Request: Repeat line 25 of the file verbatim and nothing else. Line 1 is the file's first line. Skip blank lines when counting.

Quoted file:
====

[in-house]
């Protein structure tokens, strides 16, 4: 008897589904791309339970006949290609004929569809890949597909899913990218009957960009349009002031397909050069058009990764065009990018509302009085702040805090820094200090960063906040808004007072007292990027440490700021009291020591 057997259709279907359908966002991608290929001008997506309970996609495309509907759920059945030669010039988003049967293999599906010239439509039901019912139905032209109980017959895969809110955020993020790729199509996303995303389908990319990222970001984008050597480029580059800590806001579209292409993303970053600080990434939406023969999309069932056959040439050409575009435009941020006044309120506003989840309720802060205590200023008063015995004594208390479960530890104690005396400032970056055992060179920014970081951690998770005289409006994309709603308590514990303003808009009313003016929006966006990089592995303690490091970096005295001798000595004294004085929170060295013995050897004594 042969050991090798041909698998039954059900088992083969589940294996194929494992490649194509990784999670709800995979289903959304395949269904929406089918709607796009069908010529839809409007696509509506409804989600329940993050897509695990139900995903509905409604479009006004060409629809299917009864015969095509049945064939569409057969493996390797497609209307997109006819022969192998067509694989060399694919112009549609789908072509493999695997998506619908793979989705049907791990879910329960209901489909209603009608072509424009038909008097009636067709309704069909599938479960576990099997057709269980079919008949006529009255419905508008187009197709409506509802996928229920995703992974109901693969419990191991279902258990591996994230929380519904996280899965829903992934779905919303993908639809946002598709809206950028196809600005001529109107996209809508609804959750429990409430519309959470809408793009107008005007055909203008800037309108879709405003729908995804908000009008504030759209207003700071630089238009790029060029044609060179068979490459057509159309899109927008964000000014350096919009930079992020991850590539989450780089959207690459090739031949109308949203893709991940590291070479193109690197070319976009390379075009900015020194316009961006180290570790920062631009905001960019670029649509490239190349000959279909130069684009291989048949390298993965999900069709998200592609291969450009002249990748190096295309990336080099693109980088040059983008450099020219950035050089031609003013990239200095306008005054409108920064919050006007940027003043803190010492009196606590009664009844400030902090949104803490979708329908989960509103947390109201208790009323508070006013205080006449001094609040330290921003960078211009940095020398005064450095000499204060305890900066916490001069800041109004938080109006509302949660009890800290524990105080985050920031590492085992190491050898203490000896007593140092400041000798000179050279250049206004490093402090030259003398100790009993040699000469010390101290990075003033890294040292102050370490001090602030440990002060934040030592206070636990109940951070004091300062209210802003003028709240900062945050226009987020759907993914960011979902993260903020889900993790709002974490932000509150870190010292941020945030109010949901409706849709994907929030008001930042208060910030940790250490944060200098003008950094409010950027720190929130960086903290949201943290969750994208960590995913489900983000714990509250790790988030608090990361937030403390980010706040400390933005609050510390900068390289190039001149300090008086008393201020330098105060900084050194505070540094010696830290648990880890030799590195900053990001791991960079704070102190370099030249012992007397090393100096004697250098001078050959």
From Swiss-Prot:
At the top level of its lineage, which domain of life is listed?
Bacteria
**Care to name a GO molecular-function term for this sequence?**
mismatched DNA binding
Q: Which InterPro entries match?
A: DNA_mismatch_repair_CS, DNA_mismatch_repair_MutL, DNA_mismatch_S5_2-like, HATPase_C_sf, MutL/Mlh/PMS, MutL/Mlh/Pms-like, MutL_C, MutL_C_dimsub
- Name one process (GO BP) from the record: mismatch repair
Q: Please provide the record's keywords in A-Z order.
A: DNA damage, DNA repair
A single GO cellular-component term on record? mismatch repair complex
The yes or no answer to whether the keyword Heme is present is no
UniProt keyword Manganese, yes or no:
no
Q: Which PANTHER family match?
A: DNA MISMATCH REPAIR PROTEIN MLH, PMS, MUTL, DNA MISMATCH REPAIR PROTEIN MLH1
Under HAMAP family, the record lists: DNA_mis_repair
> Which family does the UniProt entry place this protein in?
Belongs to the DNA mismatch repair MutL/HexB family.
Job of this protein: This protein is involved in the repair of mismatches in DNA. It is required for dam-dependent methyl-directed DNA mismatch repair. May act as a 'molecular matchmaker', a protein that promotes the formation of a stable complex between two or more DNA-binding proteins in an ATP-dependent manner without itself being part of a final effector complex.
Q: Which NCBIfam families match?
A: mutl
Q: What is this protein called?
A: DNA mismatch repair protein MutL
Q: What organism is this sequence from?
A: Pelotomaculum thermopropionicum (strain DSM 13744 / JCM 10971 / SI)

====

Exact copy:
Q: What is this protein called?